The trial of Lady Jane Dudley
On 13 November 1553 Lady Jane and Guildford Dudley were tried at the Guildhall in London.
Ives writes that ‘when eventually it came, Jane’s trial was deliberately demeaning. She and the other accused were commoners. Not for them the privacy of a boat to Westminster; their trial was set for London’s Guild Hall. This meant a mile walk through the busy streets of the city and gave the government an opportunity to make the most of the humiliation of defeat. Four hundred halberdiers were on duty, not to guarantee safety but to demonstrate power. First on this via dolorosa came the officer carrying the great axe with the blade turned away from the prisoners to show that for a short time they would still be innocent in the eyes of the law. Cranmer and his keepers came first, next Guildford and his escort, then Jane between two guards and with two gentlewomen behind her and finally the Dudley brothers.’ (p.251, Ives)
De Lisle describes how ‘Guildford was dressed dashingly in a black velvet suit slashed with white satin. Jane, behind him, had chosen plain black, and strikingly, she was carrying an open prayer book in her hands with another, covered in black velvet, hanging from her waist. It was a public statement of Protestant piety. (p.282, de Lisle)
According to Ives, Jane and Guildford were charged with high treason for ‘taking possession of the Tower and proclaiming Jane while she faced the additional charge of ‘signing various writings.’ (p,252, Ives)
The author of ‘The Chronicle of Queen Jane and of Two Years of Queen Mary, and Especially of the Rebellion of Sir Thomas Wyat’ described the procession from the Tower.
‘The xiijth daie of November were ledd out of the Tower on foot, to be arrayned, to yeldhall, with the axe before theym, from theyr warde, Thomas Cranmer, archbushoppe of Canterbury, between (blank)
Next followed the lorde Gilforde Dudley, between (blank)
Next followed the lady Jane, between (blank), and hir ij. Gentyllwomen following hir
Next followed the lorde Ambrose Dudley and the lorde Harry Dudley.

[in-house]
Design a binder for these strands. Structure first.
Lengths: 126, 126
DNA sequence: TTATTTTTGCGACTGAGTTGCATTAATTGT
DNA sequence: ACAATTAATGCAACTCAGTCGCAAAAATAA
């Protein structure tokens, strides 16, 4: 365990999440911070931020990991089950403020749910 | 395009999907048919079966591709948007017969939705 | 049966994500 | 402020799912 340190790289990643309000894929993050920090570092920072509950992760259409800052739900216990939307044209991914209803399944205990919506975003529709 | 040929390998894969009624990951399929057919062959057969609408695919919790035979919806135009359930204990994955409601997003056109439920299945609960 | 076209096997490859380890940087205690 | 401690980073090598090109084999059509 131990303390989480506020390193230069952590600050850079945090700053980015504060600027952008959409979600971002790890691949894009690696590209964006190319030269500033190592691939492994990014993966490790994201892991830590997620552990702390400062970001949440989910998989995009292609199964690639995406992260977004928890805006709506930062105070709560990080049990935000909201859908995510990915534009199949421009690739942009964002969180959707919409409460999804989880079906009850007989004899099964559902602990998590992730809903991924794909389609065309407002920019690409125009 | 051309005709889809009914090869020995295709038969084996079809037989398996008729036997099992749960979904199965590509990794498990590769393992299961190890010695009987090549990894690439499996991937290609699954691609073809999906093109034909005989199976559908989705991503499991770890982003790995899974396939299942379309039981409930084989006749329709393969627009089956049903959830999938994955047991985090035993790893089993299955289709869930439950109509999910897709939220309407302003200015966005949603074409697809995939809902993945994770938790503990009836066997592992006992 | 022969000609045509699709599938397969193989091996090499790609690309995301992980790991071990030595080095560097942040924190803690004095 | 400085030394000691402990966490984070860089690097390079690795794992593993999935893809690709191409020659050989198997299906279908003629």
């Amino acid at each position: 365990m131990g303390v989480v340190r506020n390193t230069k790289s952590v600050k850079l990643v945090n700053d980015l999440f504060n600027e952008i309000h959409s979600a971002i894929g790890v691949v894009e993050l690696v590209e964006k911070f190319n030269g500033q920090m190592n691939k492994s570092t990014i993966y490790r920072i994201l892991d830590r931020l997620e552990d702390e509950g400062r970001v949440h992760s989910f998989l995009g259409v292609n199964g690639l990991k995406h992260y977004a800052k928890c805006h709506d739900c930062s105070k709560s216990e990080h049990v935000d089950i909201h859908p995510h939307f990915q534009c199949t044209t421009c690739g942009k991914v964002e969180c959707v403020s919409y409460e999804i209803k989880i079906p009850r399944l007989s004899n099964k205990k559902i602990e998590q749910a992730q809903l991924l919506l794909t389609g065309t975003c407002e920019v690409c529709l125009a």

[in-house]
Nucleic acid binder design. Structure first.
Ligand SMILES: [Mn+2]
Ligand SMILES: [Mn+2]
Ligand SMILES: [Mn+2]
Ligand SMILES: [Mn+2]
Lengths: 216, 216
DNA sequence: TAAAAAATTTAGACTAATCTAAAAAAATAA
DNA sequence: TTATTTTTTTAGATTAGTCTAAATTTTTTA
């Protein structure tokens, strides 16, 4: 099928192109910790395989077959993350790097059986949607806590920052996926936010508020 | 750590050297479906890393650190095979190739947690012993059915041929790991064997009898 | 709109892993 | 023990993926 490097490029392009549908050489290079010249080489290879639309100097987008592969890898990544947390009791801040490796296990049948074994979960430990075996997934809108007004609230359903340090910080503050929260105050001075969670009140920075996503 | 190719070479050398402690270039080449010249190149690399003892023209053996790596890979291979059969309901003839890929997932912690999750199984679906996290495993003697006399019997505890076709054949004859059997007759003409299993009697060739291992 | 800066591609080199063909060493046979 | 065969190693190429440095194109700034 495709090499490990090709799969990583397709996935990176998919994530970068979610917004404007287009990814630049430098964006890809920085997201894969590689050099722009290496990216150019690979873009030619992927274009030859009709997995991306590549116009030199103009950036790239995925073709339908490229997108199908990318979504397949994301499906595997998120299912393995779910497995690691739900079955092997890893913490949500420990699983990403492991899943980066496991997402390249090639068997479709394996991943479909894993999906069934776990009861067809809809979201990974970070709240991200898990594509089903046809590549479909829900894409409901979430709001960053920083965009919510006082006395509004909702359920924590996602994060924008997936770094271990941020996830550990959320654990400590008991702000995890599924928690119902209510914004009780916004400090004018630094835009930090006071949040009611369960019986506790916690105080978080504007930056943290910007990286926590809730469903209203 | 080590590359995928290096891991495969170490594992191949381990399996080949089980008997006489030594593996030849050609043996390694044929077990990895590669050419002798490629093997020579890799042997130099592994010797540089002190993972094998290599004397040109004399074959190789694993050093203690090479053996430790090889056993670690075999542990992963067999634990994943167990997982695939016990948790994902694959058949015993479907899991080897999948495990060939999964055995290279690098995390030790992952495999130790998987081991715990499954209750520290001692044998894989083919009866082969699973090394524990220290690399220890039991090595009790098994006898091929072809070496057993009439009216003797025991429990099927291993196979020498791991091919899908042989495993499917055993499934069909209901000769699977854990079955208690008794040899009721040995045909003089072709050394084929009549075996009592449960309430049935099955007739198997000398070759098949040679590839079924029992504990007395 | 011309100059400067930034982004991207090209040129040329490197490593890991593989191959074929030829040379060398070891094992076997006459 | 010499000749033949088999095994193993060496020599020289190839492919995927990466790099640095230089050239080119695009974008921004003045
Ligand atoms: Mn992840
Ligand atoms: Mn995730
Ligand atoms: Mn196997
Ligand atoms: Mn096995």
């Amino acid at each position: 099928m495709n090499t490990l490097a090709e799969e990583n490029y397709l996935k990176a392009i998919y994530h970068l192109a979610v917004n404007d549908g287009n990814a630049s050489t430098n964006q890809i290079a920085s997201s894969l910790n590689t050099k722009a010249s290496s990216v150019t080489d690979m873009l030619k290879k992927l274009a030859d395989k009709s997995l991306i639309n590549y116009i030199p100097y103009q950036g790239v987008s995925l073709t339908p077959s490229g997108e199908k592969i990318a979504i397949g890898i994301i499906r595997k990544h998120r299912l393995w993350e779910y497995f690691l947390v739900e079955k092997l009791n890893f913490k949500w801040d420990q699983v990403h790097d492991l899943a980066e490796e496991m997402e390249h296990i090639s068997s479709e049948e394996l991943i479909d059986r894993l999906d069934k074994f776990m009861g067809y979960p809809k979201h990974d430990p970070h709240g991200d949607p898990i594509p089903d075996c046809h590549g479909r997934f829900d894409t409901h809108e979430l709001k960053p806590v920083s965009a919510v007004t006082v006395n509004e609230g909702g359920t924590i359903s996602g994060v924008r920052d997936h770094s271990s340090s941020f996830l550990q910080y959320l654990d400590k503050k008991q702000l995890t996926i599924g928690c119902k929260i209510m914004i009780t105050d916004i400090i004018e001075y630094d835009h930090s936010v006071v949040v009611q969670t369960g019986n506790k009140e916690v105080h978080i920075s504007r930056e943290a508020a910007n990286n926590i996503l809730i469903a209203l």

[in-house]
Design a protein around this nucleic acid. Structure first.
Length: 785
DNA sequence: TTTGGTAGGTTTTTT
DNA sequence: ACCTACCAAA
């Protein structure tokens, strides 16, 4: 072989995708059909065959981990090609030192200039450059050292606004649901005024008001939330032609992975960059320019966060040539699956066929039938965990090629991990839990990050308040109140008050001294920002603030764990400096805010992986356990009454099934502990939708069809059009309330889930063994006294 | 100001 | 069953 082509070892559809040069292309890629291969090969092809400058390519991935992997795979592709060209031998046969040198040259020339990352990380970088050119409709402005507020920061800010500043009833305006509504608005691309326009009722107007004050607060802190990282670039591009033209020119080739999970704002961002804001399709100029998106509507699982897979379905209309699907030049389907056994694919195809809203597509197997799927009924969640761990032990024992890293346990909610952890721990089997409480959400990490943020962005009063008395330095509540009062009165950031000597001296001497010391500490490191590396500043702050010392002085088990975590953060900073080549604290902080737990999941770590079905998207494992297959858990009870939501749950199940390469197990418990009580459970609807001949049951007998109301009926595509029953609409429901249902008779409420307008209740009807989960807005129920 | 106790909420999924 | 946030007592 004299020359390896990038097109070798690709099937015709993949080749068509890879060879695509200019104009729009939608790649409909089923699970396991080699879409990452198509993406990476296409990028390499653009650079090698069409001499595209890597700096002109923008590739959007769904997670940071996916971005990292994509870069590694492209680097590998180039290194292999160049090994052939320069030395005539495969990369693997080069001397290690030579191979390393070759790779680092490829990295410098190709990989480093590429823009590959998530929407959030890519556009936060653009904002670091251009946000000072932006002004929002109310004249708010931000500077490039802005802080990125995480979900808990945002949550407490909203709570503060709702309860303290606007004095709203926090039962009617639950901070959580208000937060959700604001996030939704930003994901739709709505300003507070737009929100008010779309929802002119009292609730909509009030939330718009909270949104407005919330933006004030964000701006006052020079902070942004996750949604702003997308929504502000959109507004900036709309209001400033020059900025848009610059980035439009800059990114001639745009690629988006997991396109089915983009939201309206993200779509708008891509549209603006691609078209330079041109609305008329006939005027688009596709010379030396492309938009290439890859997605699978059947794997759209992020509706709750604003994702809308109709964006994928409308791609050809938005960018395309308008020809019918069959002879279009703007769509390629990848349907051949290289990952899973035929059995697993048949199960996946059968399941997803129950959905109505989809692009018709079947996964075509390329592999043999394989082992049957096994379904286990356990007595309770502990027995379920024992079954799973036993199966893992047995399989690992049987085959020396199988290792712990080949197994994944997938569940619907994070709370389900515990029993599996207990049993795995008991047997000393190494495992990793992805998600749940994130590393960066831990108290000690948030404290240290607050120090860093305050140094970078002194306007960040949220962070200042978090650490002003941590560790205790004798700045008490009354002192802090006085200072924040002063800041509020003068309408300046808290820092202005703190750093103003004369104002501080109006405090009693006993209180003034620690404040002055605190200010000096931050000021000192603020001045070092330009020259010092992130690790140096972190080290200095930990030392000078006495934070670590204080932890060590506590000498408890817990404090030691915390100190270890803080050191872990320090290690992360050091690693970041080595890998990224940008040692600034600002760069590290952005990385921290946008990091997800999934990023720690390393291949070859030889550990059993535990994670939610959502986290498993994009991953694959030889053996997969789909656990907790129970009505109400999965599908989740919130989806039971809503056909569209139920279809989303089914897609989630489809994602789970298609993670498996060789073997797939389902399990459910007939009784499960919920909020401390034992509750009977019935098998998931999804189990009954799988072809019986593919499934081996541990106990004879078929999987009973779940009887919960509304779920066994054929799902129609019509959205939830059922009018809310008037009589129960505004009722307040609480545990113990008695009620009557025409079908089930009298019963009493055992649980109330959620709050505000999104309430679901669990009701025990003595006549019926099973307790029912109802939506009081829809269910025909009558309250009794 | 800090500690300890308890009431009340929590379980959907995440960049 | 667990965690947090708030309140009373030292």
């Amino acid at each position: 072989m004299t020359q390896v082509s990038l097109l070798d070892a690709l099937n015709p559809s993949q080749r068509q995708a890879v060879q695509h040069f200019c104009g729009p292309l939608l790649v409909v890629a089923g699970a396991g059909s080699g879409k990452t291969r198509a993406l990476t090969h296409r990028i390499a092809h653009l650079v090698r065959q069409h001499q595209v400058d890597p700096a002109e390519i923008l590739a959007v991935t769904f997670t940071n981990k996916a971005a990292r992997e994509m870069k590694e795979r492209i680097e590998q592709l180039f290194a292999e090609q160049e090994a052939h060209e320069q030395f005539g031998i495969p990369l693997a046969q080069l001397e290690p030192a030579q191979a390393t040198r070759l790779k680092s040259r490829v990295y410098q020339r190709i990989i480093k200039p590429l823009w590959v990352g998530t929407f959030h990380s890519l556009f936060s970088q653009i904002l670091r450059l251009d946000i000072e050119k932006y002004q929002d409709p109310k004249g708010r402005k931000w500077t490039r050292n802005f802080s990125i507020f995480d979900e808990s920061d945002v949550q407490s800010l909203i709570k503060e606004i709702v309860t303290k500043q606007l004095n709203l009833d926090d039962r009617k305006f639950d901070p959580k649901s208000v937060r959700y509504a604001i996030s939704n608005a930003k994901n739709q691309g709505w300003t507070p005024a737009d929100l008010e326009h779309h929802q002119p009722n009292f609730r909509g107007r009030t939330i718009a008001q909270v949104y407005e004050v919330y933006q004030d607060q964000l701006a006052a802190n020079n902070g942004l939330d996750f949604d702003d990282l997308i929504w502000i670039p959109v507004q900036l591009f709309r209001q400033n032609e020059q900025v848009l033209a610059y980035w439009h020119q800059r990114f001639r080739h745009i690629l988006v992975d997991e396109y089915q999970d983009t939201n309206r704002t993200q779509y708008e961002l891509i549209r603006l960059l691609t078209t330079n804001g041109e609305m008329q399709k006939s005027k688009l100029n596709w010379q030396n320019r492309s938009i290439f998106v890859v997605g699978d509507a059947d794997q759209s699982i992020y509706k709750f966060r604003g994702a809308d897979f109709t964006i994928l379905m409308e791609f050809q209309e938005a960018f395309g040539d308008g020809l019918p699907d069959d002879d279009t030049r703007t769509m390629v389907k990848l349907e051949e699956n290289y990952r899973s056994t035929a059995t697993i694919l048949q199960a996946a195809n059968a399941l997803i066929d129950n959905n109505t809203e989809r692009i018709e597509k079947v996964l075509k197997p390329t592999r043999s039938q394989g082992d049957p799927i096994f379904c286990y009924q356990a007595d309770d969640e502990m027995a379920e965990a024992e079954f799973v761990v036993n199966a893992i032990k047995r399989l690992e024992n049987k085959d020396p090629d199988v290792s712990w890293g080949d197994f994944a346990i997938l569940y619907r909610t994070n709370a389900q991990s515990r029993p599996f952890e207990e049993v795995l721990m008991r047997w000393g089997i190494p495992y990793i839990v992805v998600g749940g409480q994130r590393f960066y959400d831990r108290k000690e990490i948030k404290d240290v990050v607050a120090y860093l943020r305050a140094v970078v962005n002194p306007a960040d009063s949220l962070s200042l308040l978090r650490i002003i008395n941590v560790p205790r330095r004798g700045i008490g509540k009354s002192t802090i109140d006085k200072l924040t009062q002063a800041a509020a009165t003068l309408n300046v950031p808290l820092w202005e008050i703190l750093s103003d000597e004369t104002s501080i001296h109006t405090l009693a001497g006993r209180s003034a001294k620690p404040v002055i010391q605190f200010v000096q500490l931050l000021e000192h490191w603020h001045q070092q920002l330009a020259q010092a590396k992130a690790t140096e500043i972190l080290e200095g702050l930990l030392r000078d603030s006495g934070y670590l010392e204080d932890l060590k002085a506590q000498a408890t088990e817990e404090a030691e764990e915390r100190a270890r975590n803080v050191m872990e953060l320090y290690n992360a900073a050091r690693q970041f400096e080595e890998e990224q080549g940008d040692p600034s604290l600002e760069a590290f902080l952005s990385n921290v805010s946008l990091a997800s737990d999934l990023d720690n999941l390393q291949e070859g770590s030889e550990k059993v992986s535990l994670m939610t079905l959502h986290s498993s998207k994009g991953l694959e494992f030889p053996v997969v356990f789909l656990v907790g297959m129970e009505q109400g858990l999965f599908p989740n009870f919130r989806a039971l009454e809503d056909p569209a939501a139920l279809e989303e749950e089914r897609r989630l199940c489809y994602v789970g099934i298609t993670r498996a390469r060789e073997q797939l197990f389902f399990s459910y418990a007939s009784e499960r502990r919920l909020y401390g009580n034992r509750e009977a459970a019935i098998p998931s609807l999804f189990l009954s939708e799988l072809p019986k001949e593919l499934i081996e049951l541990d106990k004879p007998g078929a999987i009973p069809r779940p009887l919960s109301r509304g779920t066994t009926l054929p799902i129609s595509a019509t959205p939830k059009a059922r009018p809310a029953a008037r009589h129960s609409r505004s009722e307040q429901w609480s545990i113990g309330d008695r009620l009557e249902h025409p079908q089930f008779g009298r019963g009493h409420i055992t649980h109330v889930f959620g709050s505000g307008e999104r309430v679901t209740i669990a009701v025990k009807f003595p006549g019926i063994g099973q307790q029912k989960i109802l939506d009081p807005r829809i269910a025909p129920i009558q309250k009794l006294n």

The lady Jane was in a blacke gowne of cloth, tourned downe; the cappe lined with fese velvet, and edget about with the same, in a French hoode, all black, with a black byllyment, a black velvet boke hanging before hir, and another boke in hir hande open, holding hir.’ (p.32, Gough)
Henry Machyn (a citizen and Merchant Taylor of London) reported the event in his diary.
‘[The 13th of November were arraigned at Guildhall doctorCranmer, archbishop of Canterbury, the lord] Gylfford Dudlay,the sune of the duke of Northumberland, and my lade Jane ys wyff,the doythur of the duke of Suffoke-Dassett, and the lord Hambrosse Dudlay, [and the] lord Hare Dudlay, the wyche lade Janewas proclamyd [Queen]: they all v wher cast for to dee.’
From: ‘Diary: 1553 (Jul – Dec)’, The Diary of Henry Machyn: Citizen and Merchant-Taylor of London (1550-1563) (1848), pp. 34-50. URL: http://www.british-history.ac.uk/report.aspx?compid=45512 Date accessed: 26 October 2013.
The Chronicle of the Grey Friars reported that:
‘Thys yere the xiij. day of November the byshoppe of CantorberyThomas Creme (fn. 24) and lady Jane that wolde a bene qwene, and iij. of the Dudleyes (fn. 25) condemnyd at the yelde-halle for hye tresone.’
From: ‘The Chronicle of the Grey Friars: Mary’, Chronicle of the Grey Friars of London: Camden Society old series, volume 53 (1852), pp. 80-98. URL: http://www.british-history.ac.uk/report.aspx?compid=51590 Date accessed: 26 October 2013.
The author of ‘A London Chronicle’ wrote:
‘Vpon Monday, beynge ye xiij. day of Novembar, The archebyshope of Cantourbery, the lord Robert Dudleye, the lord GuylfordeDudley, husbond of ye lady Jane pretendyd quene, the lord HenrieDudley, youngest sone of ye sayd thre Dudleyes, and ye sayd ladyJane ye pretendyd queene, were all v. arreygnyd at ye Guylde hawllvpon highe treason, & so cast & adiudgyd to be drawne, hangyd,& quarteryd.’
From: ‘A London Chronicle: Mary’, Two London Chronicles from the Collections of John Stow (1910), pp. 27-43. URL: http://www.british-history.ac.uk/report.aspx?compid=81145 Date accessed: 26 October 2013.